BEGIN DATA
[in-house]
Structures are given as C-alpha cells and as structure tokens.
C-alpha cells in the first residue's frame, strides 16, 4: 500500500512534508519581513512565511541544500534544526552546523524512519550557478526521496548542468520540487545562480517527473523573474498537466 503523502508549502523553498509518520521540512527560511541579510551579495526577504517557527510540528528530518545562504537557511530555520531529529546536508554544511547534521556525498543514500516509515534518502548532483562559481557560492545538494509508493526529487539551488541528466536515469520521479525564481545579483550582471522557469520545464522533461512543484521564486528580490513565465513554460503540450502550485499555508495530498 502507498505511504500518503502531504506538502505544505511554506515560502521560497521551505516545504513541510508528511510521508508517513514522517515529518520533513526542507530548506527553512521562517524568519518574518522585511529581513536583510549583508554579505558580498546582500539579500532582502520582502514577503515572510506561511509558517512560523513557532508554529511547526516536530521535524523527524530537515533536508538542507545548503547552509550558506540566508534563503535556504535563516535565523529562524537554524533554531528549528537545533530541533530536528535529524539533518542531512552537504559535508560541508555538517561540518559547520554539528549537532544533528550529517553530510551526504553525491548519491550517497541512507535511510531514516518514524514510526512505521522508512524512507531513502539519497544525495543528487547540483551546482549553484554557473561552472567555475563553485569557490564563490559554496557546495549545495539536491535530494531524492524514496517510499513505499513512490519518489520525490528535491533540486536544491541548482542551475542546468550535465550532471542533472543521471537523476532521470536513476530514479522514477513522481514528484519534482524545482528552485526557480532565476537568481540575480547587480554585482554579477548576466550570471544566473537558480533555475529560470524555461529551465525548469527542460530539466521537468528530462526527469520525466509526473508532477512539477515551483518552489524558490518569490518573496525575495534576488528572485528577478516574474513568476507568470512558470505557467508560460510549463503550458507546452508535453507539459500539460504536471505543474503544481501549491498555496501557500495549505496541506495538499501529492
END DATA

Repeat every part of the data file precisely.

[in-house]
Structures are given as C-alpha cells and as structure tokens.
C-alpha cells in the first residue's frame, strides 16, 4: 500500500512534508519581513512565511541544500534544526552546523524512519550557478526521496548542468520540487545562480517527473523573474498537466 503523502508549502523553498509518520521540512527560511541579510551579495526577504517557527510540528528530518545562504537557511530555520531529529546536508554544511547534521556525498543514500516509515534518502548532483562559481557560492545538494509508493526529487539551488541528466536515469520521479525564481545579483550582471522557469520545464522533461512543484521564486528580490513565465513554460503540450502550485499555508495530498 502507498505511504500518503502531504506538502505544505511554506515560502521560497521551505516545504513541510508528511510521508508517513514522517515529518520533513526542507530548506527553512521562517524568519518574518522585511529581513536583510549583508554579505558580498546582500539579500532582502520582502514577503515572510506561511509558517512560523513557532508554529511547526516536530521535524523527524530537515533536508538542507545548503547552509550558506540566508534563503535556504535563516535565523529562524537554524533554531528549528537545533530541533530536528535529524539533518542531512552537504559535508560541508555538517561540518559547520554539528549537532544533528550529517553530510551526504553525491548519491550517497541512507535511510531514516518514524514510526512505521522508512524512507531513502539519497544525495543528487547540483551546482549553484554557473561552472567555475563553485569557490564563490559554496557546495549545495539536491535530494531524492524514496517510499513505499513512490519518489520525490528535491533540486536544491541548482542551475542546468550535465550532471542533472543521471537523476532521470536513476530514479522514477513522481514528484519534482524545482528552485526557480532565476537568481540575480547587480554585482554579477548576466550570471544566473537558480533555475529560470524555461529551465525548469527542460530539466521537468528530462526527469520525466509526473508532477512539477515551483518552489524558490518569490518573496525575495534576488528572485528577478516574474513568476507568470512558470505557467508560460510549463503550458507546452508535453507539459500539460504536471505543474503544481501549491498555496501557500495549505496541506495538499501529492